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In 1546 Charles V commissioned the Conquest of Tunis series in honour of his recapture of Tunis from the Turks in July 1535.
From the 1744 copies of the tapestries:
The Attack on La Goleta.
Detail of the Turkish and Moorish horsemen.
Other larger images:
Detail of the Hapsburg arquebusiers
Detail of the Moors, Turks & Hapsburg pikemen
Turkish and Moorish horsemen. Their long drooping spears are similar to those in the Códice De Trajes, 1547.
The Conquest of Tunis tapestries comprising of twelve monumental panels were the single most important tapestry set ever commissioned by the Habsburg court.
These enormous tapestries commemorate - like a woven panorama - the fame of the Habsburg dynasty, celebrating Emperor Charles V as defender of the Catholic faith,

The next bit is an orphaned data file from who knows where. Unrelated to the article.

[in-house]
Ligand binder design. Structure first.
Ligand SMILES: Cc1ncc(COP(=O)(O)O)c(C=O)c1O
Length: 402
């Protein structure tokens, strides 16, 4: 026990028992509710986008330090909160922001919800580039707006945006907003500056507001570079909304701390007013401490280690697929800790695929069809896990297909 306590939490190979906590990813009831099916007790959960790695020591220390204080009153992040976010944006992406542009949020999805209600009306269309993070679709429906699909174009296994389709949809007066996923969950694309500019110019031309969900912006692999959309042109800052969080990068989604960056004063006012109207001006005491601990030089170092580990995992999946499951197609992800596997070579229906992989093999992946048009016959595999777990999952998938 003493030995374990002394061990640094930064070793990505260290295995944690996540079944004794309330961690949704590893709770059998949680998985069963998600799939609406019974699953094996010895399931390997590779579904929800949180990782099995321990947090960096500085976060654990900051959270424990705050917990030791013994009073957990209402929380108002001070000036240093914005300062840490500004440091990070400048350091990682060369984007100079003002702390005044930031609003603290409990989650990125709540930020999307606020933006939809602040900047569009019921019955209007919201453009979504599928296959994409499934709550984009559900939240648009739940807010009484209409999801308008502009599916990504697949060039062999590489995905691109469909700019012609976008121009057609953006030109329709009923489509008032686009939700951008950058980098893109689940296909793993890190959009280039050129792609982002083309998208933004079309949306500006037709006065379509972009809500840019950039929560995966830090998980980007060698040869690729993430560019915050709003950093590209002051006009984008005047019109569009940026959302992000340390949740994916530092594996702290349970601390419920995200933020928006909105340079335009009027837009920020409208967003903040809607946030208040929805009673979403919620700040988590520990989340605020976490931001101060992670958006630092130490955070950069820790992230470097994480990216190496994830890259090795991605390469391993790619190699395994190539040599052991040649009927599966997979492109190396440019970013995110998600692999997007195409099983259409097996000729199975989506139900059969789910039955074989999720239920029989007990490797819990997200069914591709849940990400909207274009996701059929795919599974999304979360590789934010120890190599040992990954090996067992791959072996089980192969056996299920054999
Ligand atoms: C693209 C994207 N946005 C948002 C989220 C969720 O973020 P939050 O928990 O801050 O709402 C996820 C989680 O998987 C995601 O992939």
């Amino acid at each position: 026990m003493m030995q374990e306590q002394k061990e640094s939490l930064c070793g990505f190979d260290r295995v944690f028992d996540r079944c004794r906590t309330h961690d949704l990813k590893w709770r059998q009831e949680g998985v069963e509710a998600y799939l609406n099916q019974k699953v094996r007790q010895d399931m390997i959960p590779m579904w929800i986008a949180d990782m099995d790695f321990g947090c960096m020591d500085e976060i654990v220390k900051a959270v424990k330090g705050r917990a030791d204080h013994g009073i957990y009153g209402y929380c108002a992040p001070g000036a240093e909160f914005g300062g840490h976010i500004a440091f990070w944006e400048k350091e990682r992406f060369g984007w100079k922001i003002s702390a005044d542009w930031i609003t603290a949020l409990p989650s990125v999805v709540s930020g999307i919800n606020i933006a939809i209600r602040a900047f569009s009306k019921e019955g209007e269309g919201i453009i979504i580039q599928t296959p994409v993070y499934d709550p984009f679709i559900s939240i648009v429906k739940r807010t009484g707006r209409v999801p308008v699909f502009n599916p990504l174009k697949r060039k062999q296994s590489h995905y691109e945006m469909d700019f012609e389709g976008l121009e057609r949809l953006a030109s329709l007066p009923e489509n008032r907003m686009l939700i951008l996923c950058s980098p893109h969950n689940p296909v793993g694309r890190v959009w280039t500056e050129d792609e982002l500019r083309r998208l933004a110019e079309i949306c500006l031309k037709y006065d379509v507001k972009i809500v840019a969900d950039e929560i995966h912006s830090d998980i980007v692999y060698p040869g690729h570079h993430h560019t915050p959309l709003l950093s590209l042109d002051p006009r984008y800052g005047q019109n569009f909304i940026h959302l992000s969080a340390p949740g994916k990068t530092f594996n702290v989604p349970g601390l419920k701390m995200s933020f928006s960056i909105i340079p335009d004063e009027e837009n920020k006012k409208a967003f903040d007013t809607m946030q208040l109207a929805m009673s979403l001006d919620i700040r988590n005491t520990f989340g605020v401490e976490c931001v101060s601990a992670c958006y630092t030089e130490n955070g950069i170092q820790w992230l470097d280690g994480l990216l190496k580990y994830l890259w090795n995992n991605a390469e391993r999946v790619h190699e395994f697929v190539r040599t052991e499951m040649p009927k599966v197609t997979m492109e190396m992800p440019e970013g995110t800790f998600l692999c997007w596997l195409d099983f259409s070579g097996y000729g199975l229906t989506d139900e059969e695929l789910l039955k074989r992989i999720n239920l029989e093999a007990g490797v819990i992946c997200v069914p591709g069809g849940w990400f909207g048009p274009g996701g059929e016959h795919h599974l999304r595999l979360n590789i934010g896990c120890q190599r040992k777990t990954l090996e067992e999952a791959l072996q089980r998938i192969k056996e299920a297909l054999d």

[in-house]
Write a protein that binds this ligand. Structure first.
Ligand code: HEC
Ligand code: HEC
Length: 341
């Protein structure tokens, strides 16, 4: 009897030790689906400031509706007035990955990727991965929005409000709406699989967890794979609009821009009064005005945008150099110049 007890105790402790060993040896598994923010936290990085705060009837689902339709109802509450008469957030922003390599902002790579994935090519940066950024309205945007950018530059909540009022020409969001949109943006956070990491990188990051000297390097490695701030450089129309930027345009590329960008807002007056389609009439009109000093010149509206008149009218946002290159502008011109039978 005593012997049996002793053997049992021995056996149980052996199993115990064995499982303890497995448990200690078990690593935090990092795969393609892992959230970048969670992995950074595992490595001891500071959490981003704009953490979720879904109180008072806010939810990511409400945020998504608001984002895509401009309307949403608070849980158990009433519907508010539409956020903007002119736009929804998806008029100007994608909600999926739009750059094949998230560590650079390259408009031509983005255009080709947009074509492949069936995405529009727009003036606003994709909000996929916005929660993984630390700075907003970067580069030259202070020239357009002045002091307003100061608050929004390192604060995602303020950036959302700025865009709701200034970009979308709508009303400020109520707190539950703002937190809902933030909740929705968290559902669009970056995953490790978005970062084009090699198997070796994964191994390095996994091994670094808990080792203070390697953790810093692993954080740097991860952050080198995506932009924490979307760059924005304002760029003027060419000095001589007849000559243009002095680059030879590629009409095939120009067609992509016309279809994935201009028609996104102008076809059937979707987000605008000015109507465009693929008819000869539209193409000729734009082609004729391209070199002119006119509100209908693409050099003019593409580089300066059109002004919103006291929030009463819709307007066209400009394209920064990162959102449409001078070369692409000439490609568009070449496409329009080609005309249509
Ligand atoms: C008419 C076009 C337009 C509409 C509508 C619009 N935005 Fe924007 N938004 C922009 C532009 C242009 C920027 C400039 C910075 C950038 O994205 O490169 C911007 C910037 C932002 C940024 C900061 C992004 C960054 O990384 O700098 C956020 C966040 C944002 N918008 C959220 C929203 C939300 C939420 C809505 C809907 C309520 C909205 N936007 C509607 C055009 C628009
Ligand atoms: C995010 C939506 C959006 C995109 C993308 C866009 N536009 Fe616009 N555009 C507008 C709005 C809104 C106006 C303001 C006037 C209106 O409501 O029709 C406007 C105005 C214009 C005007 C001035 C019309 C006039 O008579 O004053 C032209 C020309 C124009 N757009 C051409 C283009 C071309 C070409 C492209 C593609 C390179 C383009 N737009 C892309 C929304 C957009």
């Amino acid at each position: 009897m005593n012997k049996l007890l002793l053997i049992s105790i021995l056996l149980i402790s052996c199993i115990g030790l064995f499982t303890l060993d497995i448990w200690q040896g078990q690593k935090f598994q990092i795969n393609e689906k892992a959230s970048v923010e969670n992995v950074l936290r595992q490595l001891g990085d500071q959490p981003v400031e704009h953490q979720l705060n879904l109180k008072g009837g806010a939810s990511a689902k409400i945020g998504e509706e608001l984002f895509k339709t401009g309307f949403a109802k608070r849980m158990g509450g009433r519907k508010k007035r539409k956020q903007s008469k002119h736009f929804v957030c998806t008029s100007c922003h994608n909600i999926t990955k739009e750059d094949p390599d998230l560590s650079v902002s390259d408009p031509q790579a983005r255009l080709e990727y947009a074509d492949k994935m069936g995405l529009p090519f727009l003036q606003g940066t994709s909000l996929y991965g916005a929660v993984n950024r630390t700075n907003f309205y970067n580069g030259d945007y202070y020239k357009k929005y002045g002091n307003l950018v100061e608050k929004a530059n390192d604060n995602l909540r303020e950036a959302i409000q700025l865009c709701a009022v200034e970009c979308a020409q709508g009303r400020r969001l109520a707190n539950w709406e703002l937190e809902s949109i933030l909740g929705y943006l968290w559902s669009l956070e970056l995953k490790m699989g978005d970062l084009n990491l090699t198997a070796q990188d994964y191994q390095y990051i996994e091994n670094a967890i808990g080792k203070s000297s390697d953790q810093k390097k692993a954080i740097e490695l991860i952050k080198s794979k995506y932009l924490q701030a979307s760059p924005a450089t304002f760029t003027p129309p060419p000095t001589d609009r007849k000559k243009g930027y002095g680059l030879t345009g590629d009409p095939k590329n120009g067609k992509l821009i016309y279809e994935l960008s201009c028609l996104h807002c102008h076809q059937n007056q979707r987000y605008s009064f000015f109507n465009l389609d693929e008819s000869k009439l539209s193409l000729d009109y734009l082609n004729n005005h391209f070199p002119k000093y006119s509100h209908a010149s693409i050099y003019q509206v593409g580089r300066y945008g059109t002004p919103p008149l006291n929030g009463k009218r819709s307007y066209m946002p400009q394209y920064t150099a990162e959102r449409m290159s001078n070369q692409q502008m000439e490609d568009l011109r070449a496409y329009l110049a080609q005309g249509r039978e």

and glorifying his victories over Turkish and Moorish forces at La Goleta and Tunis in 1535.
The cycle was used so much during successive reigns of Spanish monarchs, that in 1731 Philip V, the Bourbon king of Spain,
ordered from the royal tapestry works, the Real Fábrica de Tapices de Santa Bárbara,
in Madrid a less expensive set made of silk and wool to preserve Charles V’s original series, or editio princeps which by this date became known as the “old Tunis set”.
By 1744 these replicas of twelve tapestries was completed.
Back to the The Attack on La Goleta, from the 'Conquest of Tunis' tapestries.